Q4: What are some bands/artists our players can listen to in order to get a good idea of what goth subculture is? Listening to the podcasts, there are quite a few songs I never realized I’ve heard before. Having never been exposed to this scene, I’m absolutely intrigued and I know some of our players may relate to this.   

Both: I think goth rock would be the most accessible genre for players who enjoy popular bands like The Cure and U2. Artists like Children on Stun and The Mission UK have very similar sounds and song structure, and would make listeners feel right at home. For those into punk, newcomers Der Prosector have released a couple of amazing EPs that blend UK punk and industrial. I’m really enjoying it! Going back in time a little, bands like Pop Will Eat Itself and Lard (fronted by Jello Biafra of the Dead Kennedys) will be great choices. Type O Negative should be everyone’s introduction to doom metal, which is basically goth music but very heavy and sludgy. Think of Black Sabbath’s slower, darker music and you’ll have a good idea what they sound like. We could go on and on, but I think the first episode of The Arcane Machine will serve as a fantastic introduction to a lot of the more popular goth subgenres.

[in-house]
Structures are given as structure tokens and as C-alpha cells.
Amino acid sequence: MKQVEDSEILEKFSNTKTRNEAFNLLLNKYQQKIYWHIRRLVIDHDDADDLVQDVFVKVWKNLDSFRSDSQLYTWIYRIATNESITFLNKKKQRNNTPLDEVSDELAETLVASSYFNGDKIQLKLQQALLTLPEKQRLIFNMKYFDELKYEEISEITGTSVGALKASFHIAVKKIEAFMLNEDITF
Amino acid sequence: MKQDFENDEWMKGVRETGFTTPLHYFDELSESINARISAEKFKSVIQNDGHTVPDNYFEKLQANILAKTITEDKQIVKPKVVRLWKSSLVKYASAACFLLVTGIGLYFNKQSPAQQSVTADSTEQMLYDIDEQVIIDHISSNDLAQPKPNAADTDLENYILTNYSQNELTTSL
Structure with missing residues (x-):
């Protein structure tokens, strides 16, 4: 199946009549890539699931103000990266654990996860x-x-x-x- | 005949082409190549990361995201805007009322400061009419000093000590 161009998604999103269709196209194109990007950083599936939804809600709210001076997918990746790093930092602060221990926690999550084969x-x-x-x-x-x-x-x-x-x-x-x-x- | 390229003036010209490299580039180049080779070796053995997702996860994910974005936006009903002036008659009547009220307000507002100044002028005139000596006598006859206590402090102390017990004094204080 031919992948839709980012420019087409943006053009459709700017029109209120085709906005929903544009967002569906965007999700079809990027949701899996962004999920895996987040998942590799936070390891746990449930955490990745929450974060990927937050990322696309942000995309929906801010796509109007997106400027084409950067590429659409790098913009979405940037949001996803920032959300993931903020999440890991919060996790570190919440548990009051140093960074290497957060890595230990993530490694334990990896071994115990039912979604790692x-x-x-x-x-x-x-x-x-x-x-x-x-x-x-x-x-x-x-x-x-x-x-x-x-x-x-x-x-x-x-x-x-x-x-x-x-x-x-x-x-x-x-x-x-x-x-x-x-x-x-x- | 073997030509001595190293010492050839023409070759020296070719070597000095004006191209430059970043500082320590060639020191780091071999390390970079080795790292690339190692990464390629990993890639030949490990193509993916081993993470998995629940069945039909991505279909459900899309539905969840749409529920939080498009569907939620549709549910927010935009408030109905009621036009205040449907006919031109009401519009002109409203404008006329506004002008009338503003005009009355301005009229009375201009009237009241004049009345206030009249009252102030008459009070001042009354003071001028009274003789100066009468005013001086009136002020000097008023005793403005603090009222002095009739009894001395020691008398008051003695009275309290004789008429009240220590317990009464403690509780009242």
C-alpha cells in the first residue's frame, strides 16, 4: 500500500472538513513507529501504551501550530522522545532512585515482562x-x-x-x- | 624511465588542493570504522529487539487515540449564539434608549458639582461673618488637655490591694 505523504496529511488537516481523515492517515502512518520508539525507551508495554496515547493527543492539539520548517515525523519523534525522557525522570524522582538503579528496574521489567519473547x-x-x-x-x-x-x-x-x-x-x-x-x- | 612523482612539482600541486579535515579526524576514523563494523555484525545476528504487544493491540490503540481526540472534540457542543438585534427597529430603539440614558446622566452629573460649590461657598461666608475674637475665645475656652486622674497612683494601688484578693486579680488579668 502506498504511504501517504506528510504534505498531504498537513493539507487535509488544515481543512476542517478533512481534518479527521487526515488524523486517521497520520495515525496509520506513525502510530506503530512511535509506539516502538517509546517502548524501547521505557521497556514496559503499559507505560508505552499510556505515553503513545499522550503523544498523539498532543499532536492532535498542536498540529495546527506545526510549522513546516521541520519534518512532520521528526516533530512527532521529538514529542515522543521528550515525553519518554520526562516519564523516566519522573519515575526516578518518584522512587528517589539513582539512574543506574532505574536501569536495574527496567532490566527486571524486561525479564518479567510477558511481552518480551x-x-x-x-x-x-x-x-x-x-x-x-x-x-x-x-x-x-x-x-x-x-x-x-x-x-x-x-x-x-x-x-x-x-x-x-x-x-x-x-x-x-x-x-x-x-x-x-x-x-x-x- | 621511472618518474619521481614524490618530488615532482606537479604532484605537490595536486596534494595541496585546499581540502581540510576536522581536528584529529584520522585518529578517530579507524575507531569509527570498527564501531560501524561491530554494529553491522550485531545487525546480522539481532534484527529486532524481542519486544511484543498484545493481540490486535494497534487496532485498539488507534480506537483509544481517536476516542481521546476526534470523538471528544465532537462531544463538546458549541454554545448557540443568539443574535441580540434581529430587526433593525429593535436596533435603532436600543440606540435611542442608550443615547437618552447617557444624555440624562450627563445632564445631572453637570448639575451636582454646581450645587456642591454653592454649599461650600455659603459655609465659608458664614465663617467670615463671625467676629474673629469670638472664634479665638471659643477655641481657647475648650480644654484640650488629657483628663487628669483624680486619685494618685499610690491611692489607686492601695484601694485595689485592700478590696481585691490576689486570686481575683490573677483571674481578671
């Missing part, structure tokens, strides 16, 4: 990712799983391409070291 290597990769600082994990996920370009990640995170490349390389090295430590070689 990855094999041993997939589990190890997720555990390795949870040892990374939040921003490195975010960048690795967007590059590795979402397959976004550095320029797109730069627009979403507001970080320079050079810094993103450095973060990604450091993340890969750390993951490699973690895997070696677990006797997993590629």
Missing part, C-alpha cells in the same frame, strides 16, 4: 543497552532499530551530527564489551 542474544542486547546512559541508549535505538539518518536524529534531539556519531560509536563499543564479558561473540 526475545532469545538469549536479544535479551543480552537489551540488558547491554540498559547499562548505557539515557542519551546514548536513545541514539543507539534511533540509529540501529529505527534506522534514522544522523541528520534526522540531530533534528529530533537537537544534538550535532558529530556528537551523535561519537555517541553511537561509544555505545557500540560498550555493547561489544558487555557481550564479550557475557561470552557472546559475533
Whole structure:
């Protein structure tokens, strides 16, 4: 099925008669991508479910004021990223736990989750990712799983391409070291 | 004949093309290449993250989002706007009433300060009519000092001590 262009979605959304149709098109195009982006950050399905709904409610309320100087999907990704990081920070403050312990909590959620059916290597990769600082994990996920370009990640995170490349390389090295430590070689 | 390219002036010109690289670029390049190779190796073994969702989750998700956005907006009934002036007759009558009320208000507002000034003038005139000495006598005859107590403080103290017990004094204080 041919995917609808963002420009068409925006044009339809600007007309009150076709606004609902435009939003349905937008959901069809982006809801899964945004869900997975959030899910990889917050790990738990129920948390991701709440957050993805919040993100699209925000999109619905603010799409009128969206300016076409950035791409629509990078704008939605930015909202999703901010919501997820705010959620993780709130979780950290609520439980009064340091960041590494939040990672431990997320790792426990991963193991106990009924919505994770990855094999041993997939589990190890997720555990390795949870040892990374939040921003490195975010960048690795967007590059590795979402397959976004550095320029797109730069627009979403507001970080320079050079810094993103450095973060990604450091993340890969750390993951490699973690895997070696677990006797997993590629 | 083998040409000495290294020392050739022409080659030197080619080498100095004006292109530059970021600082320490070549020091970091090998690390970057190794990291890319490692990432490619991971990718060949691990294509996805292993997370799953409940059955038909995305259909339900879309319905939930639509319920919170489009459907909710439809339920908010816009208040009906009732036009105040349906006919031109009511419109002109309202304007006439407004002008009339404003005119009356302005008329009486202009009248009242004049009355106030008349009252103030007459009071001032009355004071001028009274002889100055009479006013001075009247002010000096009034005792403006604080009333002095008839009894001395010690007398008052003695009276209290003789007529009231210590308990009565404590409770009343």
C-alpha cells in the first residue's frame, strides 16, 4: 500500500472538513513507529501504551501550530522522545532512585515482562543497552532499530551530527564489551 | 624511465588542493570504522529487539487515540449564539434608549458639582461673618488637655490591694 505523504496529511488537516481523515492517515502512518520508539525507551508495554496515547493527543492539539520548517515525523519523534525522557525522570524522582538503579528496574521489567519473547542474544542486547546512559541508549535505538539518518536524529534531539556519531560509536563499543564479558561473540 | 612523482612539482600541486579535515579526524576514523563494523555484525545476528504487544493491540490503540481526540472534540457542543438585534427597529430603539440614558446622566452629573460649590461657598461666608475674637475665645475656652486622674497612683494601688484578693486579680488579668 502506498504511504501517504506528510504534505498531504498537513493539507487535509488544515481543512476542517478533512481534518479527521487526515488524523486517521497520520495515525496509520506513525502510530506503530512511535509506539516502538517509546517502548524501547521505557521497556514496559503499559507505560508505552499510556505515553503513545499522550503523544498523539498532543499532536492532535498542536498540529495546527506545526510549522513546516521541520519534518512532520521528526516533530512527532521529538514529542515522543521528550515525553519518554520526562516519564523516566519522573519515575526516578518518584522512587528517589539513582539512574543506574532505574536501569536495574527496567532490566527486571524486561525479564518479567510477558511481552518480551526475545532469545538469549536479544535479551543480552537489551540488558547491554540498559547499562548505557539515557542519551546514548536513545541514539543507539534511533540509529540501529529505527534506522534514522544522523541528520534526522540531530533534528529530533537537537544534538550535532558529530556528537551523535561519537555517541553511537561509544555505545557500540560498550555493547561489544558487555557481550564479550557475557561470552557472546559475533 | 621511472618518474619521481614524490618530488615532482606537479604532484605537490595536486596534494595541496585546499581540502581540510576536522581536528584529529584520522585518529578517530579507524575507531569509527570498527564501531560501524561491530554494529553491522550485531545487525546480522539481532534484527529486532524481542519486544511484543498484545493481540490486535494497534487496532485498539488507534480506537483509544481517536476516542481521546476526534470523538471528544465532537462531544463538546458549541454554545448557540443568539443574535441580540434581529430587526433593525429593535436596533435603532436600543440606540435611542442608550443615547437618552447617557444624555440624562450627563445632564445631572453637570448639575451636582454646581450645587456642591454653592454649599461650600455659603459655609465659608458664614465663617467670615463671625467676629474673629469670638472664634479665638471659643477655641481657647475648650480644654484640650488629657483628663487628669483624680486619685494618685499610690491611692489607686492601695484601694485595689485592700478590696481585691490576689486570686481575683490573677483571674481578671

Q5:  Between the both of you, your experience in podcasting is pretty extensive. What are some words of advice for anyone looking to start a podcast?